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I already have the answer for this using silverlight's System.JSON but specs got changed and now I need to do it in .NET 3.5

here's the JSON I'm getting


and the solution using System.JSON assembly was

var resultList = ((JsonArray)searchResults["SearchResults"])
   .Where(o => o.ContainsKey("SEARCHVAL"))
   .Select(o => new SearchResult() { 
       SearchValue = o["SEARCHVALUE"],
       Category = o["CATEGORY"].
       X = o["X"],
       Y = o["Y"]

I figure most of the code is similar/exactly the same but I'm not sure about the ContainsKey's counterpart in I think it's the Contains() method but I'm not exactly sure how to use it so that I could get the X and Y of the SEARCHVAL.


so here's my code to get the JSON stream and parsing:

       Uri uri = new Uri(url);

       WebClient client = new WebClient();

    private void ParseJSON(Stream stream)
        if (stream == null)

        StreamReader reader = new StreamReader(stream);
        JObject searchResult = JObject.Parse(reader.ReadLine());

        string x= searchResult["SearchResults"][0]["SEARCHVAL"]["X"].ToString();
        string y= searchResult["SearchResults"][0]["SEARCHVAL"]["Y"].ToString();

        // use data

and I'm getting a null exception on string lat = searchresult.... Any clue where I went wrong on using JSON.NET?

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3 Answers 3

Take a look at the JObject.Parse method in JSON.Net...

Then something like this would get the desired values:

JObject obj = JObject.Parse(yourstringjson);
string name = (string)obj["SearchResults"][0]["SEARCHVAL"]["X"];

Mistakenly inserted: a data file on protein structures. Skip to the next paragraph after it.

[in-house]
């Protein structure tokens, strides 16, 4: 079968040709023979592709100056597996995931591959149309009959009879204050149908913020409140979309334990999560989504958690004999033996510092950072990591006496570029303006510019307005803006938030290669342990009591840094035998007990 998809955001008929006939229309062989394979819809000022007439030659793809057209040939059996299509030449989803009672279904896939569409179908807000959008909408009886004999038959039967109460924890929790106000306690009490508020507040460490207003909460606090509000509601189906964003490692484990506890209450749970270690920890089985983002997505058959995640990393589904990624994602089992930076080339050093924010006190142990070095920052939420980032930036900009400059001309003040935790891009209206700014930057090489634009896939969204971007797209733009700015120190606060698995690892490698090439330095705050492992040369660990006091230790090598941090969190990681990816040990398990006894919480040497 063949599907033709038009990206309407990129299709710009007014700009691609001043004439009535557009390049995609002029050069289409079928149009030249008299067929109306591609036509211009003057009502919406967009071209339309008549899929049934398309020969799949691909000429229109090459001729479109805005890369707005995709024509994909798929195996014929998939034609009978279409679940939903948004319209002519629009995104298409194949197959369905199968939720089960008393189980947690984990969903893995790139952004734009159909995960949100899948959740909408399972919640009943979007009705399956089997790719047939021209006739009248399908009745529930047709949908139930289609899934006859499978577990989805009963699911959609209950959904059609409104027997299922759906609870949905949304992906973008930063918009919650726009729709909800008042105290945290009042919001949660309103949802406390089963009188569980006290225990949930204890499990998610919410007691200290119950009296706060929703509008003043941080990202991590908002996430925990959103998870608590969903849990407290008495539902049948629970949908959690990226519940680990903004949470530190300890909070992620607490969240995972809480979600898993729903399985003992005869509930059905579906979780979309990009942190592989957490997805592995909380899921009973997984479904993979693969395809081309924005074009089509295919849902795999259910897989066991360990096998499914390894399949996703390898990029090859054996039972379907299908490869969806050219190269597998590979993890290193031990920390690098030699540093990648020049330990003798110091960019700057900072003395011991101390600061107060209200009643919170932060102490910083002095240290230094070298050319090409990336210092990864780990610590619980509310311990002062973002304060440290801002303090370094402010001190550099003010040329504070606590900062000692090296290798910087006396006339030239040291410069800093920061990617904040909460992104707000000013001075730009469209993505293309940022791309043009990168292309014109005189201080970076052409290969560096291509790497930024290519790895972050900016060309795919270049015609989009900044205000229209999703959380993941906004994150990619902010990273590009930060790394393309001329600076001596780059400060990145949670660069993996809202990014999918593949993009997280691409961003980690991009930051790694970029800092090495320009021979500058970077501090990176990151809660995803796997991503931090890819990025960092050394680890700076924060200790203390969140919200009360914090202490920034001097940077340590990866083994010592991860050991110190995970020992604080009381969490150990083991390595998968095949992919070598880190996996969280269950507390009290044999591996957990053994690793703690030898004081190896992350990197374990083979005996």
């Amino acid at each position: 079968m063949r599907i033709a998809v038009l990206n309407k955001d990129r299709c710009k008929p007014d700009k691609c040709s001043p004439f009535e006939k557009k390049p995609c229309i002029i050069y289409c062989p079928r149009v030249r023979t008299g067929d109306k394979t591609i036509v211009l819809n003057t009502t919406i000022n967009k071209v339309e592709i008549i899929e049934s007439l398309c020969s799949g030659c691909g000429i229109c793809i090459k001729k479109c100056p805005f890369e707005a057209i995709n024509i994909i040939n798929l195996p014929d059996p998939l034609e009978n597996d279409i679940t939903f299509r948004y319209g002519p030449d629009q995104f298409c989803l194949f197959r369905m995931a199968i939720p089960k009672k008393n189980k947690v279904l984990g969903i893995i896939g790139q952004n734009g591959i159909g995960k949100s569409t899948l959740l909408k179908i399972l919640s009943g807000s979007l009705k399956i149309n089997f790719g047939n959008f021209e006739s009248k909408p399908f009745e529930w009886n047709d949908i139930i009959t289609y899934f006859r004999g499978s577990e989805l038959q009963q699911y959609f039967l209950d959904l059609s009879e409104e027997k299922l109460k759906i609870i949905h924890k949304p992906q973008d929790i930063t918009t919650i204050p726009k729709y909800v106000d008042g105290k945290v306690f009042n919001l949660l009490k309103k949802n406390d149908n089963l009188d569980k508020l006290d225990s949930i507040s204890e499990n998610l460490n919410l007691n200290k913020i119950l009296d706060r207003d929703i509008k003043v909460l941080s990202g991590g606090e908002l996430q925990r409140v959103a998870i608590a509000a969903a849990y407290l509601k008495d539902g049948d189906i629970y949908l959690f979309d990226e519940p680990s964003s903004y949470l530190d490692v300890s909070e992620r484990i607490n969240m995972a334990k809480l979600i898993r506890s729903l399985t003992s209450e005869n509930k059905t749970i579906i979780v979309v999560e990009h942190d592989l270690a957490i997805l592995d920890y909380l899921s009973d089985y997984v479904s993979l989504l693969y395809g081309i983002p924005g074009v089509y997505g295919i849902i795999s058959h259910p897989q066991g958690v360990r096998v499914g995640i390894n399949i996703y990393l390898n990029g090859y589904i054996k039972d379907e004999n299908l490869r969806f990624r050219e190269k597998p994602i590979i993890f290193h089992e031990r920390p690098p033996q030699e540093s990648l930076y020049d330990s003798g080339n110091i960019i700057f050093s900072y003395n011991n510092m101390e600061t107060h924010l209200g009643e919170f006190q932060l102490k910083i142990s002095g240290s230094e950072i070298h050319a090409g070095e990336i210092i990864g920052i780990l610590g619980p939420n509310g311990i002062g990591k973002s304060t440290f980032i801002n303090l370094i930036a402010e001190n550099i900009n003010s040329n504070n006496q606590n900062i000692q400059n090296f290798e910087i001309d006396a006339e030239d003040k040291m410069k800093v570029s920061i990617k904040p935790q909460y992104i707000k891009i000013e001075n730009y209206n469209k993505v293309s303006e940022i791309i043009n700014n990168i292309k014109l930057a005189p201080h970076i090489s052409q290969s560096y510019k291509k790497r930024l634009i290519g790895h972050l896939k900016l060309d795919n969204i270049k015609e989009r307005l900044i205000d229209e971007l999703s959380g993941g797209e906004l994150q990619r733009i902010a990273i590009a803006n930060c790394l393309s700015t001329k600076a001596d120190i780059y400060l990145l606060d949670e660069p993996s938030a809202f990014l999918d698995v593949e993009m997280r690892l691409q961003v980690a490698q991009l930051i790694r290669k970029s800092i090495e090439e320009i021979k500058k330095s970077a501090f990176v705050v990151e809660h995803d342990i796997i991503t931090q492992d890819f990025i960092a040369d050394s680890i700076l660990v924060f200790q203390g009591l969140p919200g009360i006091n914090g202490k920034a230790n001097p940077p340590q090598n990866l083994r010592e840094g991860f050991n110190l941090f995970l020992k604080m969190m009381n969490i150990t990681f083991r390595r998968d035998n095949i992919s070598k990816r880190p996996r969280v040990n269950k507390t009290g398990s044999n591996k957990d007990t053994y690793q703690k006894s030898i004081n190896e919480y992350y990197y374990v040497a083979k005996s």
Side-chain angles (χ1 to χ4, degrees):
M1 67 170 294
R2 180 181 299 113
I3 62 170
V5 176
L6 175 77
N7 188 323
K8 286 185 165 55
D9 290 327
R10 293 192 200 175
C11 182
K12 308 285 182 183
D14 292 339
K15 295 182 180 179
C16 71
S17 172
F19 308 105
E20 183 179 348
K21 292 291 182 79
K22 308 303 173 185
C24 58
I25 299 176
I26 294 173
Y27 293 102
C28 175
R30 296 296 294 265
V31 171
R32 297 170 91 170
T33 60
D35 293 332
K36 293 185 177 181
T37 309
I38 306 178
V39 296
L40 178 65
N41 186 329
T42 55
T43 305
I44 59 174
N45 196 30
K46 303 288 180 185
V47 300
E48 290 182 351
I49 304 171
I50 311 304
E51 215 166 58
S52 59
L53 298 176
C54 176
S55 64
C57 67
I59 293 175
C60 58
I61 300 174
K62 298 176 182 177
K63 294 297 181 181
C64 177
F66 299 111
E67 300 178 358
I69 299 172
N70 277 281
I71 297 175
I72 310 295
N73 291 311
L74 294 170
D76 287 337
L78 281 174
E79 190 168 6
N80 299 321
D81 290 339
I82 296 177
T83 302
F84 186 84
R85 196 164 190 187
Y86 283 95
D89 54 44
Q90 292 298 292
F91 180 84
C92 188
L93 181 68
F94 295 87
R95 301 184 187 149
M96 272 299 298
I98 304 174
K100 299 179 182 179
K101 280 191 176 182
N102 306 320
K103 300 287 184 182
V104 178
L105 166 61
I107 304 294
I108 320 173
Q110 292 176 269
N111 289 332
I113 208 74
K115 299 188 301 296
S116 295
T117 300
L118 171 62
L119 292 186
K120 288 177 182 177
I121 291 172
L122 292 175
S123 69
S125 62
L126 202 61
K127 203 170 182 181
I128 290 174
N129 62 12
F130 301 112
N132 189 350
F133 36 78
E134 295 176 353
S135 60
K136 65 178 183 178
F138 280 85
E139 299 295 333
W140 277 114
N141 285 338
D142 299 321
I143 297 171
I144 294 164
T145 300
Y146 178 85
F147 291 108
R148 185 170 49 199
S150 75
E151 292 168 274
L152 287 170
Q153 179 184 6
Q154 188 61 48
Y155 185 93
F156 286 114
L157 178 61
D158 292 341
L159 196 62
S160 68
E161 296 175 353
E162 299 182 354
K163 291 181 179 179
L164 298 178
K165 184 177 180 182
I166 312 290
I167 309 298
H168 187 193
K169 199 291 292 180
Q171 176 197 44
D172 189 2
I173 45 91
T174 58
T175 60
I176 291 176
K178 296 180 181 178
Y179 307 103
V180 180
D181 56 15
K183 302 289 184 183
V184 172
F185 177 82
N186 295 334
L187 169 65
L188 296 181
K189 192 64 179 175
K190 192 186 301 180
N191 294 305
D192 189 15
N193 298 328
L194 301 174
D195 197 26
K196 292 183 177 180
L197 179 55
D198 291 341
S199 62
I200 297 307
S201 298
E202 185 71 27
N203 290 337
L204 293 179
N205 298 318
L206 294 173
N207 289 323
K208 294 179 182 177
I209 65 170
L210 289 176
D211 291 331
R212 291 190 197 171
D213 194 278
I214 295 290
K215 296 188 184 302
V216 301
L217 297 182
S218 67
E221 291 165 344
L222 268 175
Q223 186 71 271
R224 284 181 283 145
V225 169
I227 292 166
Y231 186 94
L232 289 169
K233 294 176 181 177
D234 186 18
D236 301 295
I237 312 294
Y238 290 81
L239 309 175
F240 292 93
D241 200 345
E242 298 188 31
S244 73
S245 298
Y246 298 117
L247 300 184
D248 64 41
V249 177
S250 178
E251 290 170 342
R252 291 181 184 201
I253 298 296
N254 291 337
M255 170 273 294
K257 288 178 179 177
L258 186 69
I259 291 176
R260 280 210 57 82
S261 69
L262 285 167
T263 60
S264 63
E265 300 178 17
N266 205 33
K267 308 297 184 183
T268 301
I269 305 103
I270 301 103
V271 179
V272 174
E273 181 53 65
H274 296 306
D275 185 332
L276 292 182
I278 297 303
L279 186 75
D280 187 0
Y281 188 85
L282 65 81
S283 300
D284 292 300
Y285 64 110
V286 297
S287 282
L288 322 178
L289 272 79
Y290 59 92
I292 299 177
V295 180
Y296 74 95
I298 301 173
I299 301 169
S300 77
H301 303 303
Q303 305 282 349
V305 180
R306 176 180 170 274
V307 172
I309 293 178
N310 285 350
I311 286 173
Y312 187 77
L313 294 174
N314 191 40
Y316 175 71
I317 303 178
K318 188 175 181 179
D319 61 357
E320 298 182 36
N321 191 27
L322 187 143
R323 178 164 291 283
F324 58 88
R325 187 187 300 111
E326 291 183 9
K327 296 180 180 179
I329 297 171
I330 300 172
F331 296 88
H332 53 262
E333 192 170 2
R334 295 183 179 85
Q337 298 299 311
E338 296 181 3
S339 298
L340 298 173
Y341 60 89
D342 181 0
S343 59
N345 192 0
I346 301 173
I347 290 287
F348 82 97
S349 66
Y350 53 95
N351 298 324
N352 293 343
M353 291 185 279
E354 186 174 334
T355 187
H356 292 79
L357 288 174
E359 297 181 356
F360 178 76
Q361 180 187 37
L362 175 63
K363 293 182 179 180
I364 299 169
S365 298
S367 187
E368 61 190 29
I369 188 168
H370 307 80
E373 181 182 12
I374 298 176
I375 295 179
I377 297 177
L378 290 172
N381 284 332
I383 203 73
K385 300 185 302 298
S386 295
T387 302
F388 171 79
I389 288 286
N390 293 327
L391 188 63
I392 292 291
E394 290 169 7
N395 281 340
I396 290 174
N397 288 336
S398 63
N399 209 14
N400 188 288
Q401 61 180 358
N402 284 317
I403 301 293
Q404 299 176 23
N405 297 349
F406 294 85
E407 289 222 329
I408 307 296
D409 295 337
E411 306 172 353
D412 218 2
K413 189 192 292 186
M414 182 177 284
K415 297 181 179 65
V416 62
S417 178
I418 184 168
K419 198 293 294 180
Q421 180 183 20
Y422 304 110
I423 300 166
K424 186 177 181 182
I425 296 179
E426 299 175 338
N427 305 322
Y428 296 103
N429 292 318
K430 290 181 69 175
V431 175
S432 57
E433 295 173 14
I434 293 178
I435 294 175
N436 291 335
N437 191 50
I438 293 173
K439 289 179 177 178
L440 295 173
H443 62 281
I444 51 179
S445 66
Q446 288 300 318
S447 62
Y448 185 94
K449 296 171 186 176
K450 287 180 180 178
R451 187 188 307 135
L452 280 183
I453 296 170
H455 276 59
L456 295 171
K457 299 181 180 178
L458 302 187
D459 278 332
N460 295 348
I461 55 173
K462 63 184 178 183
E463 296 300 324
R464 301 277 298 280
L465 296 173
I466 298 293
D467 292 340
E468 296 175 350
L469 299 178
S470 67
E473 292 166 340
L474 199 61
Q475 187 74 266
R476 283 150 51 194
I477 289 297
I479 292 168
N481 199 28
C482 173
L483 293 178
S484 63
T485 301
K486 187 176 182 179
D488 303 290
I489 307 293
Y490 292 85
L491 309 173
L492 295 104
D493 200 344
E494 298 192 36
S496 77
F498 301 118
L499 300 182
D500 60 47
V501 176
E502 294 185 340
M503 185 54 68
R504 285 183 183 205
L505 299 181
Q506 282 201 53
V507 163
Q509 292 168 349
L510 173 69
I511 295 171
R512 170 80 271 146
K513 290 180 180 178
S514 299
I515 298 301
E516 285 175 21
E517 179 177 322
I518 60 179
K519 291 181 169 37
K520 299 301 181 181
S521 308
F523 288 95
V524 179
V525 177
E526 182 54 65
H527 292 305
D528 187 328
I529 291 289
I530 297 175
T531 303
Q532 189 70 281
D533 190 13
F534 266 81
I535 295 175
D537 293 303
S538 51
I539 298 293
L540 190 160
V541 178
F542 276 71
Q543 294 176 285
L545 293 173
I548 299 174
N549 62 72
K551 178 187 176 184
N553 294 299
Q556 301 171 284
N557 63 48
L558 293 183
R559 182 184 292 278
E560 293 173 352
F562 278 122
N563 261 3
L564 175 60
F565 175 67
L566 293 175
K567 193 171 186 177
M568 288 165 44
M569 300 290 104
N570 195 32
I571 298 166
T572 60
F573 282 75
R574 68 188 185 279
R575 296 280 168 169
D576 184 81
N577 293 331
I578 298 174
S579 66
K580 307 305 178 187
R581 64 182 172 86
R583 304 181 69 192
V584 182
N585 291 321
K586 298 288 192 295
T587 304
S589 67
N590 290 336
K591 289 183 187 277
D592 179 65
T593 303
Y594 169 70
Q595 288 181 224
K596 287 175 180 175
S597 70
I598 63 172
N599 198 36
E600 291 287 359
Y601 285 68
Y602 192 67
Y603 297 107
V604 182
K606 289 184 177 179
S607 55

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Instead of parsing string manually using linq I would suggest you to use inbuilt JsonSerializer class.

This reference msdn blog suggests the use if it.

Also, IMO it would be great to use System.JSON when we do not have strongly-typed class. But in your case you have an class made for it so using in-built functions is more better and also personally I love to use anything that comes in-built.

(posting from mobile)

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You linked to JavaScriptSerializer. Indeed it would be good to used System.JSON if it's not restricted to Silverlight. – Bahamut Nov 3 '11 at 1:20
up vote -2 down vote accepted

Here's the working solution using JSON.NET:

Getting the json:

        WebClient client = new WebClient();
        using (StreamReader reader = new StreamReader(client.OpenRead(uri)))
            json = reader.ReadToEnd();

Parsing the stream as JObject:

        JObject searchResult = JObject.Parse(json);

        string lat = searchResult["SearchResults"][1]["X"].ToString().Replace("\"","");
        string lon = searchResult["SearchResults"][1]["Y"].ToString().Replace("\"","");

the .Replace() can be disregarded if there are no unnecessary characters included on the parsed string. I was using Json.NET 3.5 so you'll probably won't need to do this in the most updated release.

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